A landscape-scale experiment was conducted in the wheatbelt areas of Western Australia to use DNA analysis to estimate density and survival of foxes during a typical 1080 aerial baiting program. DNA was obtained from hair samples that were collected using hair snares. This analysis of hair samples provided significantly more individual ‘captures’ than conventional trapping methods typically provides, potentially allowing for more accurate and precise evaluations of the effectiveness of control. The results identified 58 unique individuals and demonstrated a 100% knockdown of the resident fox population, indicating the effectiveness of 1080 aerial baiting programs in removing individual foxes1.
This project collected over 3500 fox samples from across Australia. The DNA analysis has demonstrated that foxes from Western Australia are genetically distinct from those in the eastern states, with movement virtually non-existent across the deserts of central Australia.
Foxes in Tasmania
The survey and detection of foxes at low abundance using DNA analysis has proved reliable. It has provided independent evidence for the presence of foxes in Tasmania, and remains an important tool in the eradication program 3,4 (see Foxes in Tasmania factsheet for more detail). So far 18 individual foxes have been successfully identified from faeces, blood and tissue samples found throughout Tasmania. There have been no recaptures of these 18 individuals.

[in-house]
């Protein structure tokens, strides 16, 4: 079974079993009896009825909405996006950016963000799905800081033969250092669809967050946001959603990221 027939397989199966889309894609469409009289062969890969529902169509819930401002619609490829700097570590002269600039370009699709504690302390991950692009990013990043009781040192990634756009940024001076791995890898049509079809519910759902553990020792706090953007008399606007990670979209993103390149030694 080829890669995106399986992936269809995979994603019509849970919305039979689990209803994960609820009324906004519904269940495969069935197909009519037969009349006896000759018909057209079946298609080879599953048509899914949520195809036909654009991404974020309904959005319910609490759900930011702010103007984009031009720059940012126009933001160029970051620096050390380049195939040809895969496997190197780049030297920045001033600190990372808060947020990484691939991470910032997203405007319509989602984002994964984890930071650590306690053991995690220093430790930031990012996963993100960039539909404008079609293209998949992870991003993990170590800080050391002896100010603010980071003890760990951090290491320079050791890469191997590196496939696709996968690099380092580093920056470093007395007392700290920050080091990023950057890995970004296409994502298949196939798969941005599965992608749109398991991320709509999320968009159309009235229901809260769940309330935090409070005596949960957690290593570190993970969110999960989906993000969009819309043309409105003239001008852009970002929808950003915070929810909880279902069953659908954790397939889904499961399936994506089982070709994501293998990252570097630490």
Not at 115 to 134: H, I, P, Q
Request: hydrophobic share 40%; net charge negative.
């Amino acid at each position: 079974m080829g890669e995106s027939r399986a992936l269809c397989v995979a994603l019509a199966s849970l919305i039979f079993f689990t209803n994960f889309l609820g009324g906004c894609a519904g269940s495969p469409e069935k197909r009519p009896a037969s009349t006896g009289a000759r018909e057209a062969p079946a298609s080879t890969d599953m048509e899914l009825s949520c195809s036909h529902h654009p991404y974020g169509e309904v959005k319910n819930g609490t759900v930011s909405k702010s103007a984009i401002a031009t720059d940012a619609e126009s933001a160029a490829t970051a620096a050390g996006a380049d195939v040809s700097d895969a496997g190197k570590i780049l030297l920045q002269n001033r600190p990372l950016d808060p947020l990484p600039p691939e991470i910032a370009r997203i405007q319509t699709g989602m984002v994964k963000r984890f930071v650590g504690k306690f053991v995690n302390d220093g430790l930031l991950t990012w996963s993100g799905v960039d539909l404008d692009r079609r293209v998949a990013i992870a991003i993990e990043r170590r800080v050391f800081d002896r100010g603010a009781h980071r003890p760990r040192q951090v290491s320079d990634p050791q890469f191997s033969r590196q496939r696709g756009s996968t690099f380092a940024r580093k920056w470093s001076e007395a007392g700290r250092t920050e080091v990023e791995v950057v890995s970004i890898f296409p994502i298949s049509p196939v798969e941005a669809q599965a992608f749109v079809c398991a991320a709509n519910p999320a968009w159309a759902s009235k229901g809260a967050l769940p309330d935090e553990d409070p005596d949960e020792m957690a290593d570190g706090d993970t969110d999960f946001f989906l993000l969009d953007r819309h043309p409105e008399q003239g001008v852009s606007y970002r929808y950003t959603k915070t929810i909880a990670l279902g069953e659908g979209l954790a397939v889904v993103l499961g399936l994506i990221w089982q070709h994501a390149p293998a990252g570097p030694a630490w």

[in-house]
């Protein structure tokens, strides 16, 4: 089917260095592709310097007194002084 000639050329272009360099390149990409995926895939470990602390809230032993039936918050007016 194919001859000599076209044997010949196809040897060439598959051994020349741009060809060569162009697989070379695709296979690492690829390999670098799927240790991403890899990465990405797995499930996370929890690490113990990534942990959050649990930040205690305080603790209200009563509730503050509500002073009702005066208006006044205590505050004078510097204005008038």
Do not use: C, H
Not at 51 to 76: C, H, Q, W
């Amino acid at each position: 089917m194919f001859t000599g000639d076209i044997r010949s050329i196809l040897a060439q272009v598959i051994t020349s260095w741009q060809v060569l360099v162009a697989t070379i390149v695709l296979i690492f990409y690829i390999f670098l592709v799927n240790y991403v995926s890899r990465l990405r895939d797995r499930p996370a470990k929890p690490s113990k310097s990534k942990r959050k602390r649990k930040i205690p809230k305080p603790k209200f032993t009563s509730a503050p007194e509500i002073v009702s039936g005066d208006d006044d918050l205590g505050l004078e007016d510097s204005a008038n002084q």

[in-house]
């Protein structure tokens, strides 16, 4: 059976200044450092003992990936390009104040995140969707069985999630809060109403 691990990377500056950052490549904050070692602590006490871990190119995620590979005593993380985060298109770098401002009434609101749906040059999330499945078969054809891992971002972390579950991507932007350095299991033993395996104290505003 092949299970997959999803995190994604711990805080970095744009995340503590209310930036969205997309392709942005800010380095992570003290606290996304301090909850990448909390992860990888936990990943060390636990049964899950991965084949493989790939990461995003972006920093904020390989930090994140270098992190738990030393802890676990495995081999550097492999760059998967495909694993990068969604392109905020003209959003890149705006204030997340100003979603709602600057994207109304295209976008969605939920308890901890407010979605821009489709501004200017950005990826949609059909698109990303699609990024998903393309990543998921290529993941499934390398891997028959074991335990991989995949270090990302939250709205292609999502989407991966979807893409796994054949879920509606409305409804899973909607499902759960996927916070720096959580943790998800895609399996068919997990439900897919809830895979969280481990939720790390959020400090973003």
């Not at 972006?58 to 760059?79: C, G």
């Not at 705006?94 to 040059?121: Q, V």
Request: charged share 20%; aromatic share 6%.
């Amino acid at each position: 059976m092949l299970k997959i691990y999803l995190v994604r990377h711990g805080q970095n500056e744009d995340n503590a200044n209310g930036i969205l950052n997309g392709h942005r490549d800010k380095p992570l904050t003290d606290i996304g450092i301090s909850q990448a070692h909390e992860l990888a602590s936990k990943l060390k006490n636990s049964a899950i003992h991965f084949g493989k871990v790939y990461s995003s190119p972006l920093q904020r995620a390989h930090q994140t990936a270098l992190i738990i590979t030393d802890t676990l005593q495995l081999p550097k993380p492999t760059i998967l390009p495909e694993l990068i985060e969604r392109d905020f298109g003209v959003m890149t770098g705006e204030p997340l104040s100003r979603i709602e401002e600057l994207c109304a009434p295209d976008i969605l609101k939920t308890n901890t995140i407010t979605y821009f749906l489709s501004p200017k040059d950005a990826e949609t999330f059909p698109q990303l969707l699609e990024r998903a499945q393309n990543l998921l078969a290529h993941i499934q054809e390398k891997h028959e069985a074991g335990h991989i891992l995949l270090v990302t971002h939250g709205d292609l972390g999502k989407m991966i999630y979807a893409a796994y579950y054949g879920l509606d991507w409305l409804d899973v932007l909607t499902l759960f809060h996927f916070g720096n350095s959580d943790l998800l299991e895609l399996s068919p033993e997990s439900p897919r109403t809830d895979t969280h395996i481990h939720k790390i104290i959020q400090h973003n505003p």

Foxes on Phillip Island
Foxes have been established on Phillip Island for over 100 years, and have a major impact on the populations of native wildlife, particularly breeding colonies of little penguins, Eudyptula minor
(see Phillip Island case study for more details). Despite ongoing intensive control programs, foxes still persist. By using DNA analysis techniques, researchers have been able to measure the rates of increase of the fox population on Phillip Island. This research has shown that reproduction is the main source of population increase, with immigration from the mainland only providing a small contribution. Although fox control was shown to reduce fox densities, there was evidence that the net number of new individuals did not decline because of increased reproductive success5.